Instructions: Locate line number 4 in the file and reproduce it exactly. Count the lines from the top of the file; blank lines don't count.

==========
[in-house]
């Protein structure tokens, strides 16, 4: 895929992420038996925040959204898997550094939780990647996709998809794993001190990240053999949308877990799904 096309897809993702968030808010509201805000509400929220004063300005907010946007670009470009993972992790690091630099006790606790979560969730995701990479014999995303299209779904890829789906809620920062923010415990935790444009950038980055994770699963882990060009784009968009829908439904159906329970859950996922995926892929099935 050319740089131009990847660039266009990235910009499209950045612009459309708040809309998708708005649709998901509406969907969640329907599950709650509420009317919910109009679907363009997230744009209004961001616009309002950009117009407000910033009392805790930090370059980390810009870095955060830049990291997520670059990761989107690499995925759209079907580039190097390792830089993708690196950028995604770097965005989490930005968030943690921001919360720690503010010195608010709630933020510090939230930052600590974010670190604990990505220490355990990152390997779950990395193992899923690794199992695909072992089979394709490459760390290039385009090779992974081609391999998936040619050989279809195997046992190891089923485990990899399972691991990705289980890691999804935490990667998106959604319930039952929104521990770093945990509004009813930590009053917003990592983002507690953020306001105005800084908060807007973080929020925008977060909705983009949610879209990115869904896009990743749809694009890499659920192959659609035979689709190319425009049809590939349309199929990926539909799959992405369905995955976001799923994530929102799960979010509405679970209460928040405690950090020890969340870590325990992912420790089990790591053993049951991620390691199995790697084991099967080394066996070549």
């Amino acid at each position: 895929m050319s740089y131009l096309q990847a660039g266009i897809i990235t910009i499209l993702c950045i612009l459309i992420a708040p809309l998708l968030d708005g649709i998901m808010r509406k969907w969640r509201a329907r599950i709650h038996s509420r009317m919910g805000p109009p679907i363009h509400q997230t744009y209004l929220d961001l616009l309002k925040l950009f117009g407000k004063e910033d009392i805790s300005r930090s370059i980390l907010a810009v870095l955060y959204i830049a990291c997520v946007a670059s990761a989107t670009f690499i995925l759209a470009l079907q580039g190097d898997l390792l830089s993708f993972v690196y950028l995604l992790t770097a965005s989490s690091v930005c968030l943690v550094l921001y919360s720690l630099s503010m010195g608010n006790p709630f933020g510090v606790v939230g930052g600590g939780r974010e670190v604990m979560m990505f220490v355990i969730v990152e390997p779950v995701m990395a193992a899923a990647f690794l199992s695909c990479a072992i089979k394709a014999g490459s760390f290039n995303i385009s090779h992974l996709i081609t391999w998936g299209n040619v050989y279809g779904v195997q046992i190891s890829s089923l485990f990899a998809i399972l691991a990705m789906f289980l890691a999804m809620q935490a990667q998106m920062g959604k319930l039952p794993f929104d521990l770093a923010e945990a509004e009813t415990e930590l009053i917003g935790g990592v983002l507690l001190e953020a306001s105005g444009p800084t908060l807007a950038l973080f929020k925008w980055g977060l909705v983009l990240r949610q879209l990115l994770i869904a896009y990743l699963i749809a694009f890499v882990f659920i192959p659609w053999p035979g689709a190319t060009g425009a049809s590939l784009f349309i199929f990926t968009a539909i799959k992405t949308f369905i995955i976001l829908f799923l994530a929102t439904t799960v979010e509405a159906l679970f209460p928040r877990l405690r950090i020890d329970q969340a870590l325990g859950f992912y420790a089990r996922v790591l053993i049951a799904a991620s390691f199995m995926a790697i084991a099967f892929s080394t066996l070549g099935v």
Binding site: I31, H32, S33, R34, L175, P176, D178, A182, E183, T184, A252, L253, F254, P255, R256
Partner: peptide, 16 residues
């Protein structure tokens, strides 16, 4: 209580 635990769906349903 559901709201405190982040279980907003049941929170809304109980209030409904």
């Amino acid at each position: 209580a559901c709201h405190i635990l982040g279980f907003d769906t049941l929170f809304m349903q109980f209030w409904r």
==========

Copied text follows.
Binding site: I31, H32, S33, R34, L175, P176, D178, A182, E183, T184, A252, L253, F254, P255, R256